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The PSNet Collection: All Content

The AHRQ PSNet Collection comprises an extensive selection of resources relevant to the patient safety community. These resources come in a variety of formats, including literature, research, tools, and Web sites. Resources are identified using the National Library of Medicine’s Medline database, various news and content aggregators, and the expertise of the AHRQ PSNet editorial and technical teams.

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Displaying 1 - 12 of 12 Results
Smith KJ, Handler S, Kapoor WN, et al. Am J Med Qual. 2016;31:315-22.
Medication inconsistencies are common at hospital discharge. This study found that computerized discharge medication reconciliation, combined with automatic communication of the reconciled medication list to the patient's primary care physician, reduced discharge medication errors.
D'Amour D, Dubois C-A, Tchouaket E, et al. Int J Nurs Stud. 2014;51:882-91.
Accurately detecting safety events remains challenging, and health care organizations are still struggling to determine the incidence of adverse outcomes associated with nursing care. This study used chart reviews to identify the rates of six adverse events considered to be directly related to nursing care: pressure sores, falls, medication administration errors, pneumonia, urinary infections, and inappropriate use of restraints. One in seven hospitalized adults experienced at least one of these adverse events.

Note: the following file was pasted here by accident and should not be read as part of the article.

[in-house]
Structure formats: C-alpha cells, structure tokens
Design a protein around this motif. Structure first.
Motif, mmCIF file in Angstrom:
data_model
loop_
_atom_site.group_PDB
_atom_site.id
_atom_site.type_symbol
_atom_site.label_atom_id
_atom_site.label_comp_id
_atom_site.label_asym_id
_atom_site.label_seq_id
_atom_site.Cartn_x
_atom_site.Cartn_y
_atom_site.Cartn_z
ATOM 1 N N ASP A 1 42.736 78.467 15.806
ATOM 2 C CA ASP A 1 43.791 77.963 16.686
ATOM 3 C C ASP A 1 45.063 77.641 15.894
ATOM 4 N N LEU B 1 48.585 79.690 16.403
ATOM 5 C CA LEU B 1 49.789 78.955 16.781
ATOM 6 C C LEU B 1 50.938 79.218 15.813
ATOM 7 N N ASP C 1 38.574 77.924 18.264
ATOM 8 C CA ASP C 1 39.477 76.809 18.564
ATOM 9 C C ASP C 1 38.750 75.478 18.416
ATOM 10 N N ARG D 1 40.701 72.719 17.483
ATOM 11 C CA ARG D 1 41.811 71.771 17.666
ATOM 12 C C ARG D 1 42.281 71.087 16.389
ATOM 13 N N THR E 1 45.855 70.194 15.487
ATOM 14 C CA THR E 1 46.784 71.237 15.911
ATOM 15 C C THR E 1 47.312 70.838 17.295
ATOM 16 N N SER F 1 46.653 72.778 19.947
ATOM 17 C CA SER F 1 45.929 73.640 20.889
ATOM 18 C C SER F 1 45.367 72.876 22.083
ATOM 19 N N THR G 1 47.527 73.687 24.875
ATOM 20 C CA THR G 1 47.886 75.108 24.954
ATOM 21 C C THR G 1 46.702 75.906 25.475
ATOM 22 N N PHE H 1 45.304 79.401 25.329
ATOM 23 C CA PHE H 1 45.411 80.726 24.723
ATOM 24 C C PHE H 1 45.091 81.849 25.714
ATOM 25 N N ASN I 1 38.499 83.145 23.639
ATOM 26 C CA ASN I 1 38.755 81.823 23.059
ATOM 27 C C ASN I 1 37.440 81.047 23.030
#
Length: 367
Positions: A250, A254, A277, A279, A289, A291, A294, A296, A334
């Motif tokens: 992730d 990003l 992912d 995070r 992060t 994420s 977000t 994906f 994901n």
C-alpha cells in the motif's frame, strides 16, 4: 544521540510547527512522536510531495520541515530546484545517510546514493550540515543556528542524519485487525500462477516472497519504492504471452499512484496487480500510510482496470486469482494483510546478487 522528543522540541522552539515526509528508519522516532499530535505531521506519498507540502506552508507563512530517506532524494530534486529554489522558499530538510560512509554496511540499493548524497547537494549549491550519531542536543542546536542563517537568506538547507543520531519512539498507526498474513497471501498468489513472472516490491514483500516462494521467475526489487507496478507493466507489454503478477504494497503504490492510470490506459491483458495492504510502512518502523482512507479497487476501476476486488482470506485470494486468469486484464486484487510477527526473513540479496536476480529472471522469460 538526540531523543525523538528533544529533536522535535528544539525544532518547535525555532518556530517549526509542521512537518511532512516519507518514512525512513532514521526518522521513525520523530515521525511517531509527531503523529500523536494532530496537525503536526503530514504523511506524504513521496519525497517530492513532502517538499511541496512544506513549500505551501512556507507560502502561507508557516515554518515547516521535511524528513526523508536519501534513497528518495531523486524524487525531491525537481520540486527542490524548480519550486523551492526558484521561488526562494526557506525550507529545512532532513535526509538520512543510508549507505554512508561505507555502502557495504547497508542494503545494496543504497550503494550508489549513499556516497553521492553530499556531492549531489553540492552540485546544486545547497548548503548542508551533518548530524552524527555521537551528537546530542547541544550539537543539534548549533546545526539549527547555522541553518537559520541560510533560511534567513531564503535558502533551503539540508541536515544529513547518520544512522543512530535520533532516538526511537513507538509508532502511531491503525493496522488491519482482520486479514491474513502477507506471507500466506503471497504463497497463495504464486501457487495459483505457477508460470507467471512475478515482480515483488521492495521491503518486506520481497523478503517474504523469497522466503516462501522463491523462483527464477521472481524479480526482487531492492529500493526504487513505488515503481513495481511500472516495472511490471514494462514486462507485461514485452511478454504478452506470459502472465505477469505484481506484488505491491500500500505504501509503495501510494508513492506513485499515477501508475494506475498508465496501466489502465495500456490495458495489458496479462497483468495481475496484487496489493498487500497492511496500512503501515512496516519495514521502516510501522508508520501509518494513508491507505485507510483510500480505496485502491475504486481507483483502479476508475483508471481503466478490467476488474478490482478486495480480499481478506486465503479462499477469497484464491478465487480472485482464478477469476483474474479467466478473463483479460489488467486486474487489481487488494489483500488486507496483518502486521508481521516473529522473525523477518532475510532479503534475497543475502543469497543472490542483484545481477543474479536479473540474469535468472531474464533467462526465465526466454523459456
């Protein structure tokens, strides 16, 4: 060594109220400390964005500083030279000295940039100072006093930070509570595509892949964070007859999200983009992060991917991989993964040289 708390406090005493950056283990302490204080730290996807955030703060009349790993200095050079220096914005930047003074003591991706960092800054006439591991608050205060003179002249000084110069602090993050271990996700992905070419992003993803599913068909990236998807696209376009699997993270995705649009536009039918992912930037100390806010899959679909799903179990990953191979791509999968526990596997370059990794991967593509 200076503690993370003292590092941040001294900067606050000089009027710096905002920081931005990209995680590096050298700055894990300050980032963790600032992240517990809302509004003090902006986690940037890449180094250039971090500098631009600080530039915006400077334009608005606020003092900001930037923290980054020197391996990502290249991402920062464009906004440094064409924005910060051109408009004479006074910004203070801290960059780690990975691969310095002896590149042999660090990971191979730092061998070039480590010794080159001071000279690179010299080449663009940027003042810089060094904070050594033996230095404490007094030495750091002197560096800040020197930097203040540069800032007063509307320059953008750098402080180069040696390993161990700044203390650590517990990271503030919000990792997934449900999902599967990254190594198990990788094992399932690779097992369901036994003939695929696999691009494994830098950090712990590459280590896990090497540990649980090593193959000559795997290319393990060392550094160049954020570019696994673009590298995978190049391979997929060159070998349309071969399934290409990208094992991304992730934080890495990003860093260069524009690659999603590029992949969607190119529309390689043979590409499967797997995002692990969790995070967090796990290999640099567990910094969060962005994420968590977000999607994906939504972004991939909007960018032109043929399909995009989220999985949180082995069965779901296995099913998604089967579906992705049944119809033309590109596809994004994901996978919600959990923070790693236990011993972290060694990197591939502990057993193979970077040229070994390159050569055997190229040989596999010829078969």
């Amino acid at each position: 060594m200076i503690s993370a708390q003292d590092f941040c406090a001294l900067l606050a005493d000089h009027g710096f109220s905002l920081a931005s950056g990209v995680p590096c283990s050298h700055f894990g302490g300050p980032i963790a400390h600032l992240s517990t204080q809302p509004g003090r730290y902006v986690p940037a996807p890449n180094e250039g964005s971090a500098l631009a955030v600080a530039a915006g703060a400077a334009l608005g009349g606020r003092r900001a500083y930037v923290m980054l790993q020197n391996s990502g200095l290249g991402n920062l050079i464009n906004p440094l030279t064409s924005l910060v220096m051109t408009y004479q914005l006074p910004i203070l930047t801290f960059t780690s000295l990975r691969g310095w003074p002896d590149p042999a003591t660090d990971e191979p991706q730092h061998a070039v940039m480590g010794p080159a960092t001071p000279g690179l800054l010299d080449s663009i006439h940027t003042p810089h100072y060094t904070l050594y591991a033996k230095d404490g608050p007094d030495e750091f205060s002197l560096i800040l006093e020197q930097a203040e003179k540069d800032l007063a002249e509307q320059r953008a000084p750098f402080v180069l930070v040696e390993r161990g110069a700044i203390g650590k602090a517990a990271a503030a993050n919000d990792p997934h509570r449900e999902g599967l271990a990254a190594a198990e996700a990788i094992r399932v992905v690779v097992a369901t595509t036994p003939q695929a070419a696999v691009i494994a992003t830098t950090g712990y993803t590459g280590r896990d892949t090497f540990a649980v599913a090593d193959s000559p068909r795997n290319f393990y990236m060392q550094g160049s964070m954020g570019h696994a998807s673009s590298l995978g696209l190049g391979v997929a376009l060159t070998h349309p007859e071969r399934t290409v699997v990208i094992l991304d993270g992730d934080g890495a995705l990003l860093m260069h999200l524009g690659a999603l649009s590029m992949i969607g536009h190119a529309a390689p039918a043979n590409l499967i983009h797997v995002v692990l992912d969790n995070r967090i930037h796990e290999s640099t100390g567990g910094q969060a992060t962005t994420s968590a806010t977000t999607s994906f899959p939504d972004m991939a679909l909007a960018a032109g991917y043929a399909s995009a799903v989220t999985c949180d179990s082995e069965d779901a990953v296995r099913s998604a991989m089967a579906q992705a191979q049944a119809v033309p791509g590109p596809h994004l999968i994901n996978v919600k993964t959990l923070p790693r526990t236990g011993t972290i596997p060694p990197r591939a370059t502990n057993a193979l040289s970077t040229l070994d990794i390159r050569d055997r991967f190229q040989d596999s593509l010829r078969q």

Olds DM, Clarke S. J Safety Res. 2010;41:153-62.
A considerable amount of attention has been paid to the issue of physician work hours and patient safety, thanks in part to regulations limiting duty hours for resident physicians. Fatigue has also been demonstrated to be a risk factor for errors among nurses, particularly when nurses work overtime or extended duration shifts. In this analysis, the authors found that among nurses, working voluntary overtime or working more than 40 hours per week were strongly correlated with an increase in self-reported errors, particularly needlestick injuries and medication errors. While legislative efforts have focused on restricting mandatory overtime for nurses, these results raise concern that the widespread practice of taking voluntary overtime shifts could negatively affect patient safety.
Aiken LH, Clarke S, Sloane DM, et al. JAMA. 2002;288:1987-93.
… The outcomes are risk-adjusted and representative of a diverse collection of hospitals and surgical patients (eg, … orthopedic, and vascular). The authors conclude that a commitment to adequate nursing care may prevent adverse … and improve nurse retention and satisfaction. … Aiken LH, Clarke SP, Sloane DM, Sochalski J, Silber JH. Hospital nurse …
Aiken LH, Clarke S, Cheung RB, et al. JAMA. 2003;290:1617-1623.
This study examines the relationship between nursing educational levels and patient outcomes using cross-sectional analyses of outcomes data. Investigators studied more than 230,000 general, orthopedic, and vascular surgery patients discharged from 168 Pennsylvania hospitals. Results showed lower mortality rates in hospitals with higher levels of nursing education after adjustment for patient and hospital characteristics, as well as nursing factors. The authors suggest greater emphasis on nursing education, nursing workforce planning, and adequate financing to support these efforts nationally with the ultimate goal of improving patient care.